Still plenty to do but now I can start thinking about edits, proofing etc. In particular I need some affirmations that, in writing of a location that I’ve never visited, and by writing the young female character in the first person, I’ve not made too many blunders.

 

Go forth. Act decent. Call your mother from time to time.

I rarely reblog, but here’s an exception written by Kristine, an American journo and top blogger. She sets out a single precept that we should all live by.

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Author Simcha Fisher gets all the credit for my headline. It’s what was on the card I gave my recently minted high school grad last month. And it’s a mantra I wish I could brand into my fellow citizens here on planet earth.

My most cynical friends and I have been having a debate since the world got less civilized. Since it’s been ok for a standing president to insult women’s looks and intelligence. Since the Kardashians became people more interesting to the American public than authors, artists and educators with big ideas . Since we separate small children from the only people in the world who will love and protect them like no other. Wasn’t it Eminem that said: “Somewhere deep down there’s a decent human being in me, it just can’t be found?”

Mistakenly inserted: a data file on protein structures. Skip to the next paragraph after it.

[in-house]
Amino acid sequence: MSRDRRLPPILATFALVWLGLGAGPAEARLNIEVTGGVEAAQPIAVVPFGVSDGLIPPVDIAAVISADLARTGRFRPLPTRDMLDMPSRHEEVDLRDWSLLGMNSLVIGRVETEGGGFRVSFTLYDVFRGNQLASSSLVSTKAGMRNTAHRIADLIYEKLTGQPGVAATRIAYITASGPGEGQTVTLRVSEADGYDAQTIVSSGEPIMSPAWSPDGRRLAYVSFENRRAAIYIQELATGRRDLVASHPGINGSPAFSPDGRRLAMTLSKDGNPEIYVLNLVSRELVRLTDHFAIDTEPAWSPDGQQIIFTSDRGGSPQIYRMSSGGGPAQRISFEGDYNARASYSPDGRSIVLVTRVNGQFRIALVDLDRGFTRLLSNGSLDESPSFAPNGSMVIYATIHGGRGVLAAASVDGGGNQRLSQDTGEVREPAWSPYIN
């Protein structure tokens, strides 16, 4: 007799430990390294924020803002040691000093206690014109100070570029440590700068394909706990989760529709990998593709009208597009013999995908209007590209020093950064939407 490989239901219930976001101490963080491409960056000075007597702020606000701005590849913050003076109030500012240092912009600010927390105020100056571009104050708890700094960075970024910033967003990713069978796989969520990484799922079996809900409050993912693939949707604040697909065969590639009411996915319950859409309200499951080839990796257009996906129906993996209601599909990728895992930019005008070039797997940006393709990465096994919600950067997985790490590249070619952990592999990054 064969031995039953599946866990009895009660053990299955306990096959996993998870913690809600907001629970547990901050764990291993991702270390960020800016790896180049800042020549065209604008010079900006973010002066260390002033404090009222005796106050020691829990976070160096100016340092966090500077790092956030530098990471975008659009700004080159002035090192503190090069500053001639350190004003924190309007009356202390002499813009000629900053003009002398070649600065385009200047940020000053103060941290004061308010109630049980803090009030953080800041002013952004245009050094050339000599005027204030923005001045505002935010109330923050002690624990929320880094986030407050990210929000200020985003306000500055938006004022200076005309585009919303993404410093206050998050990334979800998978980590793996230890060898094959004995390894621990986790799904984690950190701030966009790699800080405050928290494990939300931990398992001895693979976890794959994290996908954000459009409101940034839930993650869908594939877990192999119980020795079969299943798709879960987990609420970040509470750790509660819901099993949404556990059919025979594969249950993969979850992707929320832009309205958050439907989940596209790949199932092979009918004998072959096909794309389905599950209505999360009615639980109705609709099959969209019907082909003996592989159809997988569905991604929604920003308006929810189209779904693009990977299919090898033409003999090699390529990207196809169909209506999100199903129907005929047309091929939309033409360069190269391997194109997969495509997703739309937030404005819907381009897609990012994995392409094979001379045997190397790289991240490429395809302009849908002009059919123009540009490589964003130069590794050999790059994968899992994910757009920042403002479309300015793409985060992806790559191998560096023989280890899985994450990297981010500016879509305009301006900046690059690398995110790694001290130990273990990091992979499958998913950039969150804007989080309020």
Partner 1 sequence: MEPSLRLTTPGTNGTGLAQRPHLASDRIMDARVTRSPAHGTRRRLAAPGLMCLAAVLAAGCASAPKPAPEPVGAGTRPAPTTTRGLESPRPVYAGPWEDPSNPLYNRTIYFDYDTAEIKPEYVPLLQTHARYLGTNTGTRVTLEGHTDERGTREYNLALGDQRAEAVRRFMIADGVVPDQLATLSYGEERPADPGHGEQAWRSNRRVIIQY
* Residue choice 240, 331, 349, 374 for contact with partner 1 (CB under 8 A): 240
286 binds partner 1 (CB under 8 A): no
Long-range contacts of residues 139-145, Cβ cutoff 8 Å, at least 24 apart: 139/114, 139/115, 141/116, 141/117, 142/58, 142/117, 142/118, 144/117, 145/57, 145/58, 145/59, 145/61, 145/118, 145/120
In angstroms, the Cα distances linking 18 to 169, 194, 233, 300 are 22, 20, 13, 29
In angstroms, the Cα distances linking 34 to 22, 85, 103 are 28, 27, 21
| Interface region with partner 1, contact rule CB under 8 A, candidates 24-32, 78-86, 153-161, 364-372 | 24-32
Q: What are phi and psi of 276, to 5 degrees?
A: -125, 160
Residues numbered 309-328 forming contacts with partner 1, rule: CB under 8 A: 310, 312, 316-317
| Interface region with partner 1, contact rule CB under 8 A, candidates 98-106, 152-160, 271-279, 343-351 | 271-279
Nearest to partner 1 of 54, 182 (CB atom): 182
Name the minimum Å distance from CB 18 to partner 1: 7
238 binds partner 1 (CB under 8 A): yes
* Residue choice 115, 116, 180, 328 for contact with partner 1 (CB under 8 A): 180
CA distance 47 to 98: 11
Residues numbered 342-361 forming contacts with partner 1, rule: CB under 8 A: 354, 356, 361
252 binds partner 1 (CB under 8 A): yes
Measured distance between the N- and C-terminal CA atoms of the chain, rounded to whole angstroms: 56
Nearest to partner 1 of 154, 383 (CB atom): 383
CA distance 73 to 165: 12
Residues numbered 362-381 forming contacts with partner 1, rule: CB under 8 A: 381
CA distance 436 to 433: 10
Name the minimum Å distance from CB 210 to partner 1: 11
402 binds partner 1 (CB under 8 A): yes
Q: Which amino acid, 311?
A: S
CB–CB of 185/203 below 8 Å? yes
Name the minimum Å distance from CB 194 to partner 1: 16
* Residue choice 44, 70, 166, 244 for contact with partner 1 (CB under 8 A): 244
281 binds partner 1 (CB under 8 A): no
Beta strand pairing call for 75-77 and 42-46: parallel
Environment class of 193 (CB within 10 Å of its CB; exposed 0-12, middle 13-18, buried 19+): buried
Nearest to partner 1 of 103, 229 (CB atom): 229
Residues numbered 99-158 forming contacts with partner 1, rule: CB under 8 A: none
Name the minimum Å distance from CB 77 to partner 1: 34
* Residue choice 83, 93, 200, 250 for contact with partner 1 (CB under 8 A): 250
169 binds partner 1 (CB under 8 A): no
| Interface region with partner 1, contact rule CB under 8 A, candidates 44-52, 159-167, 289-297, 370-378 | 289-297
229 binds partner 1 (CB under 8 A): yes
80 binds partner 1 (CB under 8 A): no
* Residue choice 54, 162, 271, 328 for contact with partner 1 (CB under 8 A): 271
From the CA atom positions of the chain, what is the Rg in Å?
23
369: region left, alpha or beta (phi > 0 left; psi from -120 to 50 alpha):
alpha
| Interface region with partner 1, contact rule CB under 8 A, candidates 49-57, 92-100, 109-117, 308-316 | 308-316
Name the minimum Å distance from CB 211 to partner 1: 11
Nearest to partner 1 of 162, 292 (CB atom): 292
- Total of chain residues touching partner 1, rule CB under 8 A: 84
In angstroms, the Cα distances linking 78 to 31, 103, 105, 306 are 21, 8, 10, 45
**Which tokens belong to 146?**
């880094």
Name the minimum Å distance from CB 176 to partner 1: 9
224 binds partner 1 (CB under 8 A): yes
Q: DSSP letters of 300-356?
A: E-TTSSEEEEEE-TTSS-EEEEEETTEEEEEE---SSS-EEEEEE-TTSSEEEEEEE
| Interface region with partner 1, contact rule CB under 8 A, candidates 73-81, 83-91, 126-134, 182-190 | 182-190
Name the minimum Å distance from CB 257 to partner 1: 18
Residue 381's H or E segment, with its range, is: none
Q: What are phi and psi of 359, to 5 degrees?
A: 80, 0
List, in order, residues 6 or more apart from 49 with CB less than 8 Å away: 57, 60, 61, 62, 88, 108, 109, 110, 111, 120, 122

Let’s just say this debate amongst my friends has raged for a while.

They talk…

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In St Martin’s Church graveyard, Jersey

‘They had been married for 44 years, happily married, yet he had not shed tears at the funeral, or since.

Anne had left him quietly and in the natural way of things. Although sad, he had accepted her passing without fuss. He wondered about his reaction and had fully expected there to be some deferred effect, but this had not been so.DSCN0309

He moved on, slowly, reluctantly, before arriving at Charlie’s simple, white headstone. His great grandson, six weeks old. A simple inscription from his heartbroken parents and angels watching over Charlie from the corner of the headstone. As he knew there would be, tears streamed from Hedley’s eyes as he shook his head, turned, and walked away.’